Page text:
Risk-Taking and Feminism: The Limited Entrepreneurial Education of Girls


I stumbled on this article about slut-shaming fatigue and a particular point stood out to me and sparked some other ideas.

Create the Same Mistake-Friendly Culture for Girls that Boys Already Enjoy.
In our culture boys — who are represented as both more obtuse and more resilient — get encouragement to make mistakes; repeated failures are the seeds of masculine success. Girls, on the other hand, get reminded that one mistakewill likely ruin their lives. “One of the biggest problems is that we imagine that for teen girls, sex is some kind of cataclysmic event that can never be recovered from,” says Ford. We make the mistake of assuming that giving girls the freedom to fuck up is really just giving them the freedom to be exploited. As Ford puts it, that’s “not exactly a flattering view of girls’ emotional intelligence.” (Jezebel)

I would venture to argue that the same culture that warns girls not to take sexual risks (lose their virginity, date or have sexual contact with a boy who may be “risky” or “unsafe”, or have “too much” sexual contact) also dissuades them from taking risks in general. Female students who are go-getters will likely start a charity or club, while boys will start a business or tech venture. This is veering into the issue of gender imbalance in STEM, but I suspect that the entrepreneurship gap is directly related to the fact that girls is discouraged from taking risks in general. Boys are rewarded for being bold and non-conformist; dropping out of school or selling illegal copies of books, burned CDs…anything they can get their hands on. Girls are constantly told not to break rules or upset the status quo; if you want to do something great you can do it within the confines of what the school and your parents tell you to do.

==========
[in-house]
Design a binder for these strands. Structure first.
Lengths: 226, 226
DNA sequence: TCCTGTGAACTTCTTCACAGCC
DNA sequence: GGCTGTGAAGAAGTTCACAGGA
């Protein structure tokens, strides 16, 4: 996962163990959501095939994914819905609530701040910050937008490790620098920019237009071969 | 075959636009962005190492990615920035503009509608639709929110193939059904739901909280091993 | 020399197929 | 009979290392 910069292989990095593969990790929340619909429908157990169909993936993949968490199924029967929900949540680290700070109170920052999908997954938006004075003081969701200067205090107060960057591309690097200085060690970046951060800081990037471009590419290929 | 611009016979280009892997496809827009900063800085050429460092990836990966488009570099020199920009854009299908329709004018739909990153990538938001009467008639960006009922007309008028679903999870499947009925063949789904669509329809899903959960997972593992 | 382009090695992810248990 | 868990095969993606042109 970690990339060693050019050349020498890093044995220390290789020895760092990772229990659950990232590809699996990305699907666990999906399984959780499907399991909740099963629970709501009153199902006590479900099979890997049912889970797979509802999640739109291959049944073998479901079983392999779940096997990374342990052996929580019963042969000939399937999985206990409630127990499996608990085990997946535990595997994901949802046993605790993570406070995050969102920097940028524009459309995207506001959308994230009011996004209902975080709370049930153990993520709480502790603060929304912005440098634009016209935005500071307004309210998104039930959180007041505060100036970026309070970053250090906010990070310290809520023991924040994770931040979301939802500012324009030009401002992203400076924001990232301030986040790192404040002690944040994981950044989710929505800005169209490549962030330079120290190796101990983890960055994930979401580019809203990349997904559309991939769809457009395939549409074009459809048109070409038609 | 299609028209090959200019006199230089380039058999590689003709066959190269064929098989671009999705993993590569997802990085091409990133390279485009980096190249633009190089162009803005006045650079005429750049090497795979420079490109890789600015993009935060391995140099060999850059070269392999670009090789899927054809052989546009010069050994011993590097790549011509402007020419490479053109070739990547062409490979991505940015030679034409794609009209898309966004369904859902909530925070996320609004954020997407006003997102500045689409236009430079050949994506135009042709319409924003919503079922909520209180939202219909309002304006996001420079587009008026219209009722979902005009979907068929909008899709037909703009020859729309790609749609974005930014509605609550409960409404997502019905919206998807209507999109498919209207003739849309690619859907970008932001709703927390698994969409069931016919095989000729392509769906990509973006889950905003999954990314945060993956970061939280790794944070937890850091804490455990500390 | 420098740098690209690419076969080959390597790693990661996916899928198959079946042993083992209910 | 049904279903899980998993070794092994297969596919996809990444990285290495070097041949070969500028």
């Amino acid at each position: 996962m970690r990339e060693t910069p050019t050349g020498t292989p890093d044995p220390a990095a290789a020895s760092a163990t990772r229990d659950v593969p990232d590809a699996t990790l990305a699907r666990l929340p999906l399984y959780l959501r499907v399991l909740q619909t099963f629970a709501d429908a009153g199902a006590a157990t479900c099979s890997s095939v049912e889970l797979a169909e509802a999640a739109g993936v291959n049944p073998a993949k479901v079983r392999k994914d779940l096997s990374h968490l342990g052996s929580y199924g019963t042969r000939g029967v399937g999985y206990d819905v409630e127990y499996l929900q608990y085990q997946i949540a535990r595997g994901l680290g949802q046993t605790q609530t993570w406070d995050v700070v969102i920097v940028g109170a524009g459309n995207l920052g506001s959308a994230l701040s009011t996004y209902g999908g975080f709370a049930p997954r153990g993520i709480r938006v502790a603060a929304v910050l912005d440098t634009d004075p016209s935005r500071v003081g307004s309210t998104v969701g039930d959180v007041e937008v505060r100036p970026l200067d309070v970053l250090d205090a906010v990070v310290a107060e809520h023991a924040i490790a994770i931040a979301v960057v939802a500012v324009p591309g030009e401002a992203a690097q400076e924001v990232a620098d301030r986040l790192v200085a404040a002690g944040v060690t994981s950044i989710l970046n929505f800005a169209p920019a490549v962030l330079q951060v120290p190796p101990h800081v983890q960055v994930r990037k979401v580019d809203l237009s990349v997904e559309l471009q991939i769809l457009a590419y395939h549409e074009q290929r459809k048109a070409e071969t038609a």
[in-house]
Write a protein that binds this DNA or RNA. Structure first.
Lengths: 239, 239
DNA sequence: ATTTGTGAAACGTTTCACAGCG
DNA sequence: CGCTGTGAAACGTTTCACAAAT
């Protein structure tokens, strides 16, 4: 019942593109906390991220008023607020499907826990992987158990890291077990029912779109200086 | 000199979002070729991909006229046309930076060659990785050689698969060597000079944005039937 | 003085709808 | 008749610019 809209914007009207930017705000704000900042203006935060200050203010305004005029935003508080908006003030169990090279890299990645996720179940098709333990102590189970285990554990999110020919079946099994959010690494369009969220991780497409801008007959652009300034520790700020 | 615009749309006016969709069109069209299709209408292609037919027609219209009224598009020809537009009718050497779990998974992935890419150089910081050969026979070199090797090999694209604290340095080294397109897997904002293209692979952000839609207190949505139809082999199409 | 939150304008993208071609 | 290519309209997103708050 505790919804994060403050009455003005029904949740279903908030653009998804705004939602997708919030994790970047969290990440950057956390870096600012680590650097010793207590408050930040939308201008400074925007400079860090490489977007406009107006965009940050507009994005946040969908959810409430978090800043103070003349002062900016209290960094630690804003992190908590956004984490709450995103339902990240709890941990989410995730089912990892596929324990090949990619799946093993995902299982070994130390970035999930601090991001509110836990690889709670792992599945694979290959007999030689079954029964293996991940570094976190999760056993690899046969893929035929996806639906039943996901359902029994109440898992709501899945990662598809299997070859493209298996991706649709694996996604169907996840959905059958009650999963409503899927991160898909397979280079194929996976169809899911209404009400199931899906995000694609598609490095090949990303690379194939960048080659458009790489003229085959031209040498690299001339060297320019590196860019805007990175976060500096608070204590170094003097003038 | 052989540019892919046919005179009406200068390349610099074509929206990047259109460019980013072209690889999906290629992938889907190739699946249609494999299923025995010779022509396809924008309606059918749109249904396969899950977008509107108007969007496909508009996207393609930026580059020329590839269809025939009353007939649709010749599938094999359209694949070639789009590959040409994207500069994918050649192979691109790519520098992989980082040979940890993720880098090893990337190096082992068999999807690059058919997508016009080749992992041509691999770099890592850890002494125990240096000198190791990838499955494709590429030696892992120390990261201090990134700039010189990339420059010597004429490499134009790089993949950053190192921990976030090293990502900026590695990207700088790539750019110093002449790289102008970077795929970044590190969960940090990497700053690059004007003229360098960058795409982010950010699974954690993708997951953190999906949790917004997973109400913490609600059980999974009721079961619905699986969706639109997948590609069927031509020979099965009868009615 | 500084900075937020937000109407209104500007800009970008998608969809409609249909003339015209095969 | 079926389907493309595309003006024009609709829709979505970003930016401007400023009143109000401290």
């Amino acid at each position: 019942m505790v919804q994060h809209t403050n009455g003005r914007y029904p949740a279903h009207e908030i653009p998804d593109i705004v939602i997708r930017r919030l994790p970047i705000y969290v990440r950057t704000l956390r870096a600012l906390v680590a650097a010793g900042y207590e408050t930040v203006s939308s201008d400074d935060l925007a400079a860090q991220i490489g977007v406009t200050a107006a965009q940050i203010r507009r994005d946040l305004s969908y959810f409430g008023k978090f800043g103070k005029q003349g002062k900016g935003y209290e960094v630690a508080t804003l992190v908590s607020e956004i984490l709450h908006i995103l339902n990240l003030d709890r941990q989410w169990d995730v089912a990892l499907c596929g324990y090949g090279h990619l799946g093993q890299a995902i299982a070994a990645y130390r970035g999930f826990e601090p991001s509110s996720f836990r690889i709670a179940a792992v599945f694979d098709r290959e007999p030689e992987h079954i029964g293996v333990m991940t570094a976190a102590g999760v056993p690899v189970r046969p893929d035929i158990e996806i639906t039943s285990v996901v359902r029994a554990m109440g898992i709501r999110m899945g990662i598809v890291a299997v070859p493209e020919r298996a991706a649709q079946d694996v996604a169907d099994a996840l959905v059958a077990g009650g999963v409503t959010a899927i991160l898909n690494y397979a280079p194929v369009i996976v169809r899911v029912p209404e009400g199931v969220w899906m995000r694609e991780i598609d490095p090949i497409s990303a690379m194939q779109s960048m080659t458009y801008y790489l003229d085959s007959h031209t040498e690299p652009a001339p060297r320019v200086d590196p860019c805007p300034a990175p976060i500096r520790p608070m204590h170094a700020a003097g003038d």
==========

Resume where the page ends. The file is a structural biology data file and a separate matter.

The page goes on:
I think this is stifling the creativity and ingenuity of girls and preventing fruitful learning experiences from taking place. We need to cultivate a culture that tells girls to take risks just as much as it tells boys to, and reinforces the idea that a failed business or underground activity in their young years will not turn into a scary mark on their permanent record or a trip to juvie. Many of the entrepreneurs that the Western world worships (George Foreman, Walt Disney, Henry Ford, Richard Branson, Simon Cowell to name a few) were rebellious risk-takers in their young years. They were also all male. The women who are prominent entrepreneurs and self-made millionaires/billionaires went through more traditional paths.

Hey! I'm a 19-year-old student at Tufts University where I am majoring in Math. I'm from Upstate New York and was the only Hindu in my small-town public school. I love artichokes and eyeliner and lifehacking. I have a ton of interests, but most of them fall under the umbrellas of Education/Learning, Media/Entertainment, Mathematics, Design, or Technology. I have been inseparable from my laptop(s) since I was a xanga-layout-making, neopoint-hoarding 12-year-old.

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